SNHL results from lesions of the cochlea or CN VIII or central auditory pathway. It may be present at birth(congenital) or start later in life (acquired).
The characteristics of sensorineural hearing loss are:
- Rinne +ve ie AC>BC
- Weber lateralised to better ear
- Bone conduction reduced on Schwabach and ABC test
- More often involving higher frequencies
- No gap between air and bone conduction curve on audiometry
- Loss may exceed 60 dB
- Speech discrimination is poor
- Difficulty in hearing in presence of noise.
- Lack of development (aplasia) of the cochlea
- Chromosomal syndromes (rare)
- Congenital cholesteatoma - squamous epithelium is normally present on either side of the tympanic membrane. Externally, within the external auditory meatus or ear canal and internally within the middle ear. Within the middle ear the simple epithelium gradually transitions into ciliated pseudostratified epithelium lining the Eustachian tube now known as the pharyngotympanic tube becoming continuous with the respiratory epithelium in the pharynx. The squamous epithelium hyperplasia within the middle ear behaves like an invasive tumour and destroys middle ear structures if not removed
- Delayed familial progressive
- Ototoxic drugs
- Physical trauma - either due to a fracture of the temporal bone affecting the cochlea and middle ear, or a shearing injury affecting cranial nerve VIII.
- Noise-induced - prolonged exposure to loud noises (>90 dB) causes hearing loss which begins at 4000Hz (high frequency). The normal hearing range is from 20 Hz to 20,000 Hz.
- Presbycusis - age-related hearing loss that occurs in the high frequency range (4000Hz to 8000Hz).
- Sudden hearing loss
- Idiopathic (ISSHL: idiopathic sudden sensoneurinal hearing loss), H91.2
- Vascular ischemia of the inner ear or CN 8
- Perilymph fistula, usually due to a rupture of the round or oval windows and the leakage of perilymph. The patient will most likely also experience vertigo or imbalance. A history of an event that increased intracranial pressure or caused trauma is usually present).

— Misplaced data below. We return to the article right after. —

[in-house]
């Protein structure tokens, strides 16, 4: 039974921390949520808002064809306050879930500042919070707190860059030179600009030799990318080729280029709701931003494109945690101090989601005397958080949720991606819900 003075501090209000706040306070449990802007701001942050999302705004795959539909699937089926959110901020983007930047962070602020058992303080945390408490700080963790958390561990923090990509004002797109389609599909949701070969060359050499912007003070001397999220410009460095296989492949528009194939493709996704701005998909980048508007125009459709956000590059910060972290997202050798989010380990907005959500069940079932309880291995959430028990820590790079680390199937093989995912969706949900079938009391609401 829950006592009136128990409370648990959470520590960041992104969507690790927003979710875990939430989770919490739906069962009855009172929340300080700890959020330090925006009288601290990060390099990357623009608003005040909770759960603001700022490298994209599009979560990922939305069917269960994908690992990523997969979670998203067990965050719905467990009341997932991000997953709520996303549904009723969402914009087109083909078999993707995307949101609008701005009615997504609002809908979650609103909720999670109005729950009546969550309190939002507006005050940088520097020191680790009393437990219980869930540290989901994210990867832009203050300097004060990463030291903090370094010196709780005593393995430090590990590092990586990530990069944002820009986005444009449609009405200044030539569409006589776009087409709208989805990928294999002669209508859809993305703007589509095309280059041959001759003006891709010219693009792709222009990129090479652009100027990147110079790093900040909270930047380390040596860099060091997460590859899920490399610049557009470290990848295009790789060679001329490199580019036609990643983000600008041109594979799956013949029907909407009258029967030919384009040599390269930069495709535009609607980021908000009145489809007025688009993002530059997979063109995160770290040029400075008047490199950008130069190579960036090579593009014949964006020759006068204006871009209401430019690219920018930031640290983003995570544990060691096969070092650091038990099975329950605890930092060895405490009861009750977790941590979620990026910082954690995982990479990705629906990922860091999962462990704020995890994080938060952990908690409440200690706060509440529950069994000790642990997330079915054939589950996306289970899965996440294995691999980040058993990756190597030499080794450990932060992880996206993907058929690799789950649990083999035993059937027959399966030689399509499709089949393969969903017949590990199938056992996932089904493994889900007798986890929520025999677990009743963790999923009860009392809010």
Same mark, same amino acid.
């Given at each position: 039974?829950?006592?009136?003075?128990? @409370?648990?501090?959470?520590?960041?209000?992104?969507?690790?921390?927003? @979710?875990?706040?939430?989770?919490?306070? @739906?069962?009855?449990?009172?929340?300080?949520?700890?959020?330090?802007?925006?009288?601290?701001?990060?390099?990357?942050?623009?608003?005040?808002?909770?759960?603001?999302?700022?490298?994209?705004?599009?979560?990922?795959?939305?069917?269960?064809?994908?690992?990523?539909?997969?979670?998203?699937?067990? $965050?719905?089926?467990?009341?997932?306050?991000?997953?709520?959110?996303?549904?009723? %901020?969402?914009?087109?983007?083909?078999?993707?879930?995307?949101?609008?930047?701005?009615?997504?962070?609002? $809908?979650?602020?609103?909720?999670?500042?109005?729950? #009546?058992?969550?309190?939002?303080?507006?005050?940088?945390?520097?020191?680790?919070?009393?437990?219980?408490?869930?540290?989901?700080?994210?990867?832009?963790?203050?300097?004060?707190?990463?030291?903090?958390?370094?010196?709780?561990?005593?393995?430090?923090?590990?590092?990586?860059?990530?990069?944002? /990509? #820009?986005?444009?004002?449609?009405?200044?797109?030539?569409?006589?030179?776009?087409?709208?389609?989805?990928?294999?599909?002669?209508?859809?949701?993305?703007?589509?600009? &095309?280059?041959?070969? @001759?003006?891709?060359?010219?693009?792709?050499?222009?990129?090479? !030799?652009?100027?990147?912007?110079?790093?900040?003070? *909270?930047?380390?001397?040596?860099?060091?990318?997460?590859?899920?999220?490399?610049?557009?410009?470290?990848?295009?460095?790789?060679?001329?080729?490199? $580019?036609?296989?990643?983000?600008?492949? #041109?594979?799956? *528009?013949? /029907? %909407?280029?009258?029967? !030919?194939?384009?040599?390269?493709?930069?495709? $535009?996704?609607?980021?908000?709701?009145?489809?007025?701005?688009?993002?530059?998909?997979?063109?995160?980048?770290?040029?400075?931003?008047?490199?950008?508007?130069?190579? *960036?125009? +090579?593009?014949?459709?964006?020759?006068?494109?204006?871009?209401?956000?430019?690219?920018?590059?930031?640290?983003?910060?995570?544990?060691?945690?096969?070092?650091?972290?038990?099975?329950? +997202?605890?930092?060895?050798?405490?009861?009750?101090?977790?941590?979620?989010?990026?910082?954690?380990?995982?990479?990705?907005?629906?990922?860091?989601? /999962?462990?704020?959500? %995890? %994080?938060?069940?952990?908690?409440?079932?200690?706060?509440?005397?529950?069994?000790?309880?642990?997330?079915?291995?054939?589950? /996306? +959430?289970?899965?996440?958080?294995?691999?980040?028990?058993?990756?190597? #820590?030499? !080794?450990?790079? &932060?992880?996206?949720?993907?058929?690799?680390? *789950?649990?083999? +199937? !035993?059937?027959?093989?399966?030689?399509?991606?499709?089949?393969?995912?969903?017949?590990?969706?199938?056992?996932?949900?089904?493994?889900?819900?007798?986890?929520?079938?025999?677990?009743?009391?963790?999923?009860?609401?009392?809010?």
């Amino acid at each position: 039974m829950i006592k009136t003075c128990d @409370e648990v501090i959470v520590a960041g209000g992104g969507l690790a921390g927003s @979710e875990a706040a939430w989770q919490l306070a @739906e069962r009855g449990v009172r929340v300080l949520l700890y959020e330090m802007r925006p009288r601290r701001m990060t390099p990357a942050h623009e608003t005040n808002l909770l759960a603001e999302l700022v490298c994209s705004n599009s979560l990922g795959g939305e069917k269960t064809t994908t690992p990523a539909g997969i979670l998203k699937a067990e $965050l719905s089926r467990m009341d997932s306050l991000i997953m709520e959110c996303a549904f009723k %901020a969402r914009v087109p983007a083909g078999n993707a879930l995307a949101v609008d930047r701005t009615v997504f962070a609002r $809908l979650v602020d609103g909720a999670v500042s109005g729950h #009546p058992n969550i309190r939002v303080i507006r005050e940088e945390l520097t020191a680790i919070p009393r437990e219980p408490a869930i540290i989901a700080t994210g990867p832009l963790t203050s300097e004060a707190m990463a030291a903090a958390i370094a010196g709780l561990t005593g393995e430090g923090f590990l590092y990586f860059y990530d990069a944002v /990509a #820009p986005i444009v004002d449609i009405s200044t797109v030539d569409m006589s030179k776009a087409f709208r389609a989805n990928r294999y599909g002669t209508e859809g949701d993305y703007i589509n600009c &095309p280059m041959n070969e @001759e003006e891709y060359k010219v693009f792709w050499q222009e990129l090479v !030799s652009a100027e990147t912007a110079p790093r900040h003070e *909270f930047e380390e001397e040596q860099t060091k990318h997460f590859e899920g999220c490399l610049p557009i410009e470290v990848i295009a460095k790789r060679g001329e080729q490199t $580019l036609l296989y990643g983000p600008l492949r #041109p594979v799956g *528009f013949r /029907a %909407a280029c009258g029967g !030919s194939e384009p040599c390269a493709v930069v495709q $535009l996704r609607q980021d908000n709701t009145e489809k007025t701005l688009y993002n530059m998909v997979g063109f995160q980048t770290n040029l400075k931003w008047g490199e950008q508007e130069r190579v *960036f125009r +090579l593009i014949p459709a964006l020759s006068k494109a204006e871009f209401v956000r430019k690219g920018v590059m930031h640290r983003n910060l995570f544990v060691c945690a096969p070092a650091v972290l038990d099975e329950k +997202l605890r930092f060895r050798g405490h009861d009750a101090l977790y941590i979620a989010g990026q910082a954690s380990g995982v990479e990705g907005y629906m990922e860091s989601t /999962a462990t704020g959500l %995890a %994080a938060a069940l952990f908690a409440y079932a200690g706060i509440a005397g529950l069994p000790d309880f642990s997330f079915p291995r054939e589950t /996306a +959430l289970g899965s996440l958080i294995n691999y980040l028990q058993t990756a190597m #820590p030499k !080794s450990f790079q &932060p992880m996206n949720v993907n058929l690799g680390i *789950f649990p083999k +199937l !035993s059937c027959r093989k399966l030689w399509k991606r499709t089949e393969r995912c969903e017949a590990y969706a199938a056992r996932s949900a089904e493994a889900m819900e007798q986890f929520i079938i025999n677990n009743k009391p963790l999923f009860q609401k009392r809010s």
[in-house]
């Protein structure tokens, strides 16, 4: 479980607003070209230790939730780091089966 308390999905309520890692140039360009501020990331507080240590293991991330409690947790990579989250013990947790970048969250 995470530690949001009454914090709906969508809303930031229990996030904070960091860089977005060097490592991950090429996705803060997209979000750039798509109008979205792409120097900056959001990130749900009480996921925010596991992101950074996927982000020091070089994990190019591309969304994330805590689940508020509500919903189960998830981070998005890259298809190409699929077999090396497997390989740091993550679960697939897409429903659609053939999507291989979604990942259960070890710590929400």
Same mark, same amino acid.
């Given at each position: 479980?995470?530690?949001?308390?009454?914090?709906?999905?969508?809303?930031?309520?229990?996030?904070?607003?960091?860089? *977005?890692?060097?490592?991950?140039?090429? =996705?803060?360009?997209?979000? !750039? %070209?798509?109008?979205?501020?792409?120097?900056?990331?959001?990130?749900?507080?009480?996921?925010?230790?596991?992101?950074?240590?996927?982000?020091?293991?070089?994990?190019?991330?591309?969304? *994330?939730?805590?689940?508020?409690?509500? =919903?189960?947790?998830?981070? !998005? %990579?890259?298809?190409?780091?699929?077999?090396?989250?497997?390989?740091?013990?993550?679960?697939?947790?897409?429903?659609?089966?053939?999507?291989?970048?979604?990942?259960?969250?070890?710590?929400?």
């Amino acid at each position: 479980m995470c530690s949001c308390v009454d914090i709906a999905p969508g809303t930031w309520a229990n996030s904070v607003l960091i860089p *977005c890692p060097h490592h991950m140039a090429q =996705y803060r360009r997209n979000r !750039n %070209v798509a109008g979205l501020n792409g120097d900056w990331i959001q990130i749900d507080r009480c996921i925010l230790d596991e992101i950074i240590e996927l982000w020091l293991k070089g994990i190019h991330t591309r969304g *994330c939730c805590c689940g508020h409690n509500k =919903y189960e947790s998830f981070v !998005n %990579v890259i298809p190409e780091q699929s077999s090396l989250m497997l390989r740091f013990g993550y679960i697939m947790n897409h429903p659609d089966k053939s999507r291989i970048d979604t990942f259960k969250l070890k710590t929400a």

- Autoimmune - can be due to an IgE or IgG allergy (e.g. food).
- Autoimmune - a prompt injection of steroids into ear is necessary.
- Cerebellopontine angle tumour (junction of the pons and cerebellum) (the cerebellopontine angle is the exit site of both the facial nerve(CN7) and the vestibulocochlear nerve(CN8). Patients with these tumors often have signs and symptoms corresponding to compression of both nerves)
- Ménière's disease - causes sensorineural hearing loss in the low frequency range (125 Hz to 1000 Hz). Ménière's disease is characterized by sudden attacks of vertigo lasting minutes to hours preceded by tinnitus, aural fullness, and fluctuating hearing loss.
- History: whether disease is congenital or acquired, stationary or progressive, associated with other syndromes or not, whether familial or not.
- Severity: whether mild, moderate, moderately severe, severe, profound or total. can be determined by audiometry.
- Type of Audiogram: whether loss is of high frequency or low frequency or mid-frequency or flat type.
- Site of Lesion: whether cochlear or retrocochlear or central
- Laboratory Tests: X-ray or CT scan of temporal bone for evidence of bone destruction (congenital cholesteatoma, glomus tumour, middle ear malignancy or acoustic neuroma), blood counts(leukemia), blood sugar(diabetes), VDRL(syphilis), thyroid function tests(hypothyroidism), kidney function tests, etc
Early detection of SNHL is important as measures can be taken to stop its progress or reverse it or to start an early rehabilitation.
Syphilis of ear is treatable with high doses of penicillin and steroids.
Hearing loss of hypothyroidism is treatable with replacement therapy.
Serous labyrinthitis can be reversed by treating middle ear infection.
Early management of Meniere’s disease can prevent further episodes of hearing loss and vertigo.
SNHL due to perilymph fistula can be corrected surgically by sealing the fistula in the oval or round window by fat.
Ototoxic drugs should be discontinued, if found to be causing hearing loss.
Noise induced hearing loss can be prevented from further deterioration by removal of the person from the noisy surroundings.
Rehabilitaion of hearing-impaired with hearing aids.